I also finally read Among Others by Jo Watson, who wrote my favorite dragon comedy of manners. It is not so much a story with a plot as it is a love letter to books (especially science-fiction books), and it was weird (there’s magic—well, kind of, probably anyway) and lonely (the heroine ends up separated from her family at an English boarding school where she really doesn’t fit in) and full of references to so many wonderful books. I’m coming down firmly on the side of being a fan, though I can appreciate that it might not be for everyone.

 

in the kitchen 

My favorite weekend dinner is a bunch of different appetizers from our Chinese/Thai delivery joint, but when I want to feel particularly virtuous, I add something homemade to the mix, like these salmon and egg wraps.

These baked sweet potatoes are the perfect easy dinner. (I like them with a big spinach salad.)

Cookie of the week: molasses cookies (better with ice cream)

 

at home

I think no one will be surprised that I CANNOT WAIT to watch Victorian Slum House.

I’ve been knitting a bunch of these to give as holiday presents this year. 

Our outside classes are almost done for summer! I am looking forward to logging some poolside summer reading time in the very near future.


Stuff We Like :: 4.21.17

home|school|life’s Friday roundup of the best homeschool links, reads, tools, and other fun stuff has lots of ideas and resources. 

Hello, weekend! 

around the web

People used to call me a grammar vigilante because I’d pull over while driving to complain to someone about a pluralizing apostrophe (what is up with that, though?), but this guy totally puts me to shame.

Who’s up for an HSL field trip?

Why do women’s dystopias seem so prescient right now?

I love this: What famous authors’ most used words say about them

 

at home/school/life

on the blog: Celebrate Shakespeare’s birthday with some of our favorite film adaptations

one year ago: 4 ways to get your homeschool mornings off to a great start

two years ago: Inside Shelli’s project-based homeschool

 

reading list

I loved The Lost City of Z (which is the kind of twisty, nerdy historical mystery I can’t resist, and which you should definitely read if you’re also into that), so I was excited to pick up David Grann’s new book Killers of the Flower Moon: The Osage Murders and the Birth of the FBI.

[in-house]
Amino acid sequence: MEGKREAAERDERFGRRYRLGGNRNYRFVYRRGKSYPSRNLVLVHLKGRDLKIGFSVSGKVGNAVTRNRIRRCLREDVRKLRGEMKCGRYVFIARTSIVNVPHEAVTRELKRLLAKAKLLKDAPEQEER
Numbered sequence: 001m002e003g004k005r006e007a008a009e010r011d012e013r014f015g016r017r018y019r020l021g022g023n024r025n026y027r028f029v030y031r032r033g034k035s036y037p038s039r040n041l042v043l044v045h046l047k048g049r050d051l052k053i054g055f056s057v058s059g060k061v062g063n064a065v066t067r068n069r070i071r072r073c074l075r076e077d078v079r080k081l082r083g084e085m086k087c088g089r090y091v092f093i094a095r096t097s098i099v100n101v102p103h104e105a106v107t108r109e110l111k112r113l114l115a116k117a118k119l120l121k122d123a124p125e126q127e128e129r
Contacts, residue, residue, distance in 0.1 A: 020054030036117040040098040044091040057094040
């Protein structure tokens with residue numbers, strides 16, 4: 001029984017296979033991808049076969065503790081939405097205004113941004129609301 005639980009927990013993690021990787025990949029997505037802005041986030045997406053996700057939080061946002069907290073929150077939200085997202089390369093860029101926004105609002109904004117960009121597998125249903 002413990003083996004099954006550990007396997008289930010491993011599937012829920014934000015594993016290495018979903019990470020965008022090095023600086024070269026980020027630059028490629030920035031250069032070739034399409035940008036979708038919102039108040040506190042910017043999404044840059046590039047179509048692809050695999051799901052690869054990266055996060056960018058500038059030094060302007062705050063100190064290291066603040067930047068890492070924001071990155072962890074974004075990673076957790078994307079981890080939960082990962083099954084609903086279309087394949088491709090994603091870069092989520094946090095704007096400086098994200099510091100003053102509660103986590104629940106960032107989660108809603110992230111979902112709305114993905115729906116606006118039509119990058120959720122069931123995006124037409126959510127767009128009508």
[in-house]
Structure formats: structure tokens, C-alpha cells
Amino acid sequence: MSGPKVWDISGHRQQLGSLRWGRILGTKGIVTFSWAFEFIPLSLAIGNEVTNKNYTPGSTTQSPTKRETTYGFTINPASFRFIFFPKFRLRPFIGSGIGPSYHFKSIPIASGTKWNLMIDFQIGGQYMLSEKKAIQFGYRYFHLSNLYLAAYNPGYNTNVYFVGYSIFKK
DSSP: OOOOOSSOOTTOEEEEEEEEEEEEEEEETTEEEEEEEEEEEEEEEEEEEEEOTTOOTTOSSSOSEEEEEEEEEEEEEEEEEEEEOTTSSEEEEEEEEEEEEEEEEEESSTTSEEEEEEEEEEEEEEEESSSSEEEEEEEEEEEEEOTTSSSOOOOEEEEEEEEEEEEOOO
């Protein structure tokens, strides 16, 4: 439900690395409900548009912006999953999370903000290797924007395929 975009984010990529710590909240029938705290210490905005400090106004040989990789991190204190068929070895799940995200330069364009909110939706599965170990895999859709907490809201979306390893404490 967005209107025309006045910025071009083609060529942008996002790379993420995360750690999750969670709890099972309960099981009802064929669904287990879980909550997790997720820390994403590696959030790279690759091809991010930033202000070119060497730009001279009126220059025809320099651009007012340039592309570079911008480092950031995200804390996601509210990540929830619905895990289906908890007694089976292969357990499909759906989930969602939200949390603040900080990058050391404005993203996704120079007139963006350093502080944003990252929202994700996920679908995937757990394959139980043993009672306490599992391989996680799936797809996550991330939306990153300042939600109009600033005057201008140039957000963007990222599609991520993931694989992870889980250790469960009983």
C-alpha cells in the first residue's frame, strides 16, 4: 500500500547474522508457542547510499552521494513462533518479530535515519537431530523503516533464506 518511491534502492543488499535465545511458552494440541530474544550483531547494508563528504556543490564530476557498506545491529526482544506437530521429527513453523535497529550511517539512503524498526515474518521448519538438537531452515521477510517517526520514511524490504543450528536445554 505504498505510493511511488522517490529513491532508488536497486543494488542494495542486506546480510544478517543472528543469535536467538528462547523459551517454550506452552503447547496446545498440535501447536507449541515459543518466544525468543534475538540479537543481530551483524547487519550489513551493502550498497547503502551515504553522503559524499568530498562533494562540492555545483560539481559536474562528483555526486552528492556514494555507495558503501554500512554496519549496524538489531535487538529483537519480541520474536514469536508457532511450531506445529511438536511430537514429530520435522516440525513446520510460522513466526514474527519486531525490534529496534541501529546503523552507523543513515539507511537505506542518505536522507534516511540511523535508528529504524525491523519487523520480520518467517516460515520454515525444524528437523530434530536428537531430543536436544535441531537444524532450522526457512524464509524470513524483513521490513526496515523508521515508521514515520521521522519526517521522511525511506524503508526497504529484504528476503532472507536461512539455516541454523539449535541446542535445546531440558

Continuing my “women writers I’d never heard of” run, I read Rumer Godden’s In This House of Brede, about a successful career woman who retires from the world to join a community of Benedictine nuns just in time to help solve the financial crisis caused by the death of the order’s charismatic Abbess. It's one of those books that you want to go back and read again right away just so that you don’t have to leave the world and people it’s created.

It’s funny to be reading The Adventures of Tom Sawyer with my son so soon after rereading Huckleberry Finn because I am still full of post-Huck Tom hatred. (Seriously, let’s go drink too much wine and complain about how terrible Tom Sawyer is, can we?) I’m trying to embrace the lighthearted spirit especially because my son is kind of digging it, but I AM NOT A FAN.

 

in the kitchen

I am in the restocking the freezer phase of cooking right now, and I was happy to discover this recipe that uses leftover brisket because I may have gone a little overboard with the brisket this year.

Nobody else in my family will eat this, but that’s okay because I want it all for myself anyway.

Cookie of the week: glazed lemon cookies

 

at home

I am a sucker for time travel and Victoriana, so obviously it was only a matter of time before I watched Time After Time. (If it sounds familiar, it’s because the television series is based on the 1979 movie and has the same premise: Jack the Ripper steals H.G. Wells’ time machine and travels to the present day; Wells follows him to bring him back to face justice for his crimes.) It’s just OK, but it’s fun enough for those collapsed-on-the-couch evenings.

Am I being totally superficial if I say that I have finally found my perfect everyday lipstick?

I don’t know what it is about this time of year, but everything always feels so hectic! I’m looking forward to the winding-down phase of all our school-year activities and the slower-paced summer school days. Though I am not looking forward to the crowds at the library!


Stuff We Like :: 4.14.17

You can tell that I’ve just wrapped up an issue because I’m suddenly very chatty! Pretend we're drinking wine instead of coffee.

around the web

I can’t decide whether I should be secretly proud or secretly embarrassed that I have read more than half of the most ridiculous Sweet Valley High plotlines. (That punch-spiking/drunk driving/evil twin drama, though!)

The internet has done many wonderful things, but perpetuating wrongly attributed quotes is definitely not one of them. (I do love the story about how Anne Rice accidentally attributed one of her own quotes to Kafka. I thank the internet for that.)

And since we’re talking about the internet, “what fresh hell” has become the jargon of our lives—which may actually be a coping mechanism. (This totally makes sense to me. And am I the only one who feels like she has to check the news just-really-quickly before bed just because if there is really bad news I don’t feel like I can deal with it emotionally before I have coffee? Even though I also probably really can’t deal with it right before I go to sleep. So it’s just basically touring myself.)